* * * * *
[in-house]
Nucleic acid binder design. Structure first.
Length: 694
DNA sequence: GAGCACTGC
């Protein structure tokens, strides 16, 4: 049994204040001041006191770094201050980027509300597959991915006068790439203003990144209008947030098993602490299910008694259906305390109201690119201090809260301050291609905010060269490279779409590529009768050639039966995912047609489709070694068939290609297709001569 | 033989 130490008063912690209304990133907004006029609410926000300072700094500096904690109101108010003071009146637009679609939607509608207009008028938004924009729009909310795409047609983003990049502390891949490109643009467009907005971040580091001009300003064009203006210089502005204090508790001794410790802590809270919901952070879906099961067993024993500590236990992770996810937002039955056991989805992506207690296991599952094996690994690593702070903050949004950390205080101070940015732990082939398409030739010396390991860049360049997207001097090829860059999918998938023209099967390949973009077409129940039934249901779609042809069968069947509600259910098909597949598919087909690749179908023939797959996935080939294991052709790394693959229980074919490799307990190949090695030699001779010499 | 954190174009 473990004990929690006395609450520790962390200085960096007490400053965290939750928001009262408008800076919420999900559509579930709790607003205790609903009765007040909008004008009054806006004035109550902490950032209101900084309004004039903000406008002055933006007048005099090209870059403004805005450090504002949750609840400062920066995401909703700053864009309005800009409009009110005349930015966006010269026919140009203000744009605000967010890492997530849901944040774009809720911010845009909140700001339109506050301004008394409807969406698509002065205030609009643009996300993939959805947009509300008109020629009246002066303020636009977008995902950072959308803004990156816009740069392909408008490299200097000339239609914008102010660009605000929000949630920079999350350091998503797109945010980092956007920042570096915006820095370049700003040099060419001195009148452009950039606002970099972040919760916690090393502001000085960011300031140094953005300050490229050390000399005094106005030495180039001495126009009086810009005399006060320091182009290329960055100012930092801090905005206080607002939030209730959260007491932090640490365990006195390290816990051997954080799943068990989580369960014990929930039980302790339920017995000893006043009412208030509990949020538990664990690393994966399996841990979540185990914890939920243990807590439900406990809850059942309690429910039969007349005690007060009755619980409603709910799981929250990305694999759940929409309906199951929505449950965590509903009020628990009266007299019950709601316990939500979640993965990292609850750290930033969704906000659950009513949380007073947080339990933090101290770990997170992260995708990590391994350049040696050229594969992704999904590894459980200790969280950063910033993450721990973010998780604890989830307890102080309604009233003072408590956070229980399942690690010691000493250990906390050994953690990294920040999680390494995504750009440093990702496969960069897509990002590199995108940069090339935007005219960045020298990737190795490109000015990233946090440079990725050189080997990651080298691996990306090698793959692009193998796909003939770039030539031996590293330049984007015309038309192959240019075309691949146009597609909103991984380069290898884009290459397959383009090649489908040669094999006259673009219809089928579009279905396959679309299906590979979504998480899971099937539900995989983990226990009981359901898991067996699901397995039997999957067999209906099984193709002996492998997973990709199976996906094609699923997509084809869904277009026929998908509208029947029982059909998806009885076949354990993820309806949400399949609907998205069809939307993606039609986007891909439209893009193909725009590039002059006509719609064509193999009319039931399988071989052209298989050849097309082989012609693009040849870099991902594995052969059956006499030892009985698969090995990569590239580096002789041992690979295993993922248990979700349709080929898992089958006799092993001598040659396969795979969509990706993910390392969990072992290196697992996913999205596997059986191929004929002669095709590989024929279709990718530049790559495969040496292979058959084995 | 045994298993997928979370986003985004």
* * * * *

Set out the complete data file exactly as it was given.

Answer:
[in-house]
Nucleic acid binder design. Structure first.
Length: 694
DNA sequence: GAGCACTGC
């Protein structure tokens, strides 16, 4: 049994204040001041006191770094201050980027509300597959991915006068790439203003990144209008947030098993602490299910008694259906305390109201690119201090809260301050291609905010060269490279779409590529009768050639039966995912047609489709070694068939290609297709001569 | 033989 130490008063912690209304990133907004006029609410926000300072700094500096904690109101108010003071009146637009679609939607509608207009008028938004924009729009909310795409047609983003990049502390891949490109643009467009907005971040580091001009300003064009203006210089502005204090508790001794410790802590809270919901952070879906099961067993024993500590236990992770996810937002039955056991989805992506207690296991599952094996690994690593702070903050949004950390205080101070940015732990082939398409030739010396390991860049360049997207001097090829860059999918998938023209099967390949973009077409129940039934249901779609042809069968069947509600259910098909597949598919087909690749179908023939797959996935080939294991052709790394693959229980074919490799307990190949090695030699001779010499 | 954190174009 473990004990929690006395609450520790962390200085960096007490400053965290939750928001009262408008800076919420999900559509579930709790607003205790609903009765007040909008004008009054806006004035109550902490950032209101900084309004004039903000406008002055933006007048005099090209870059403004805005450090504002949750609840400062920066995401909703700053864009309005800009409009009110005349930015966006010269026919140009203000744009605000967010890492997530849901944040774009809720911010845009909140700001339109506050301004008394409807969406698509002065205030609009643009996300993939959805947009509300008109020629009246002066303020636009977008995902950072959308803004990156816009740069392909408008490299200097000339239609914008102010660009605000929000949630920079999350350091998503797109945010980092956007920042570096915006820095370049700003040099060419001195009148452009950039606002970099972040919760916690090393502001000085960011300031140094953005300050490229050390000399005094106005030495180039001495126009009086810009005399006060320091182009290329960055100012930092801090905005206080607002939030209730959260007491932090640490365990006195390290816990051997954080799943068990989580369960014990929930039980302790339920017995000893006043009412208030509990949020538990664990690393994966399996841990979540185990914890939920243990807590439900406990809850059942309690429910039969007349005690007060009755619980409603709910799981929250990305694999759940929409309906199951929505449950965590509903009020628990009266007299019950709601316990939500979640993965990292609850750290930033969704906000659950009513949380007073947080339990933090101290770990997170992260995708990590391994350049040696050229594969992704999904590894459980200790969280950063910033993450721990973010998780604890989830307890102080309604009233003072408590956070229980399942690690010691000493250990906390050994953690990294920040999680390494995504750009440093990702496969960069897509990002590199995108940069090339935007005219960045020298990737190795490109000015990233946090440079990725050189080997990651080298691996990306090698793959692009193998796909003939770039030539031996590293330049984007015309038309192959240019075309691949146009597609909103991984380069290898884009290459397959383009090649489908040669094999006259673009219809089928579009279905396959679309299906590979979504998480899971099937539900995989983990226990009981359901898991067996699901397995039997999957067999209906099984193709002996492998997973990709199976996906094609699923997509084809869904277009026929998908509208029947029982059909998806009885076949354990993820309806949400399949609907998205069809939307993606039609986007891909439209893009193909725009590039002059006509719609064509193999009319039931399988071989052209298989050849097309082989012609693009040849870099991902594995052969059956006499030892009985698969090995990569590239580096002789041992690979295993993922248990979700349709080929898992089958006799092993001598040659396969795979969509990706993910390392969990072992290196697992996913999205596997059986191929004929002669095709590989024929279709990718530049790559495969040496292979058959084995 | 045994298993997928979370986003985004």